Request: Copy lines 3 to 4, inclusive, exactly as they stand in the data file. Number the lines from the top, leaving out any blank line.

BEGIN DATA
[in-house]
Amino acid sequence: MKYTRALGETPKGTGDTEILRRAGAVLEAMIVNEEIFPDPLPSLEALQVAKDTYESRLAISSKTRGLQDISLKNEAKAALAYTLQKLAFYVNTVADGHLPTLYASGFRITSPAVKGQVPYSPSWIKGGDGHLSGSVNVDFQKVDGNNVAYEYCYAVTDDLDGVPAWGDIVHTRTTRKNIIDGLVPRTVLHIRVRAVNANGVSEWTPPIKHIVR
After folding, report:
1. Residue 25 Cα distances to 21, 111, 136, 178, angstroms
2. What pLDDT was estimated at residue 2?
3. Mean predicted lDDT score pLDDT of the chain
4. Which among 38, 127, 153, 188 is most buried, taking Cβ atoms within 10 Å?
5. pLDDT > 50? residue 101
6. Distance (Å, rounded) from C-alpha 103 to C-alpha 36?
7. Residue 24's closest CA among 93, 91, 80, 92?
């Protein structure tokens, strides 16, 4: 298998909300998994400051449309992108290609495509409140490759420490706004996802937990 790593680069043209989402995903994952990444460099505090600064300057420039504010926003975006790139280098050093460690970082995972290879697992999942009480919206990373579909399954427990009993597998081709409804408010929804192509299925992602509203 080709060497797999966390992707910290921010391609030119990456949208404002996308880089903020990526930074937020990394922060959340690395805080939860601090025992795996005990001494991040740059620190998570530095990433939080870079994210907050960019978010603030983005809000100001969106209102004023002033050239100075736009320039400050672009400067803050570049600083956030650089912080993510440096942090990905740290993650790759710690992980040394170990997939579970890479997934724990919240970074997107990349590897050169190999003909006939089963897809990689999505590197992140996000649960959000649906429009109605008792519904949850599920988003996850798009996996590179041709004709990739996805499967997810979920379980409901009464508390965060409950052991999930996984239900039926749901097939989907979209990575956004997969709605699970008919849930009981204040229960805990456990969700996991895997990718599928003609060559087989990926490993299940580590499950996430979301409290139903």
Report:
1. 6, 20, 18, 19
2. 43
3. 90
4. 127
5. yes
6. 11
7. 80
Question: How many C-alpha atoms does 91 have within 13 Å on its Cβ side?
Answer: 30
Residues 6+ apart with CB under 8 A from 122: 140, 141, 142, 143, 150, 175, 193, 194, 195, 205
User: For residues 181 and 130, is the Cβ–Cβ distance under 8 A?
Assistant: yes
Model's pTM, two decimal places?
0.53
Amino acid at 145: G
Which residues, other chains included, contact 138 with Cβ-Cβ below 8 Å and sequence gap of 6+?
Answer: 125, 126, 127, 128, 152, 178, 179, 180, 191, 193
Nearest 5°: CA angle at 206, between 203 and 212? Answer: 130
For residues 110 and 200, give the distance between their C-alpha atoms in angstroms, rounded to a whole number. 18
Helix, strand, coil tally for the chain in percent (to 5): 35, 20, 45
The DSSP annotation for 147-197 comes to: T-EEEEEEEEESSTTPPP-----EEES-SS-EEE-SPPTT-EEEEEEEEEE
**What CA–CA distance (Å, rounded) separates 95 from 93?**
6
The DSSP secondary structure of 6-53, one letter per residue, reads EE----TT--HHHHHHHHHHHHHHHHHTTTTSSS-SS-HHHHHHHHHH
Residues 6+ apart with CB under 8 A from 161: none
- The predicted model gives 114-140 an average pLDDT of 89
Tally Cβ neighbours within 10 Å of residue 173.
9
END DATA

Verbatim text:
After folding, report:
1. Residue 25 Cα distances to 21, 111, 136, 178, angstroms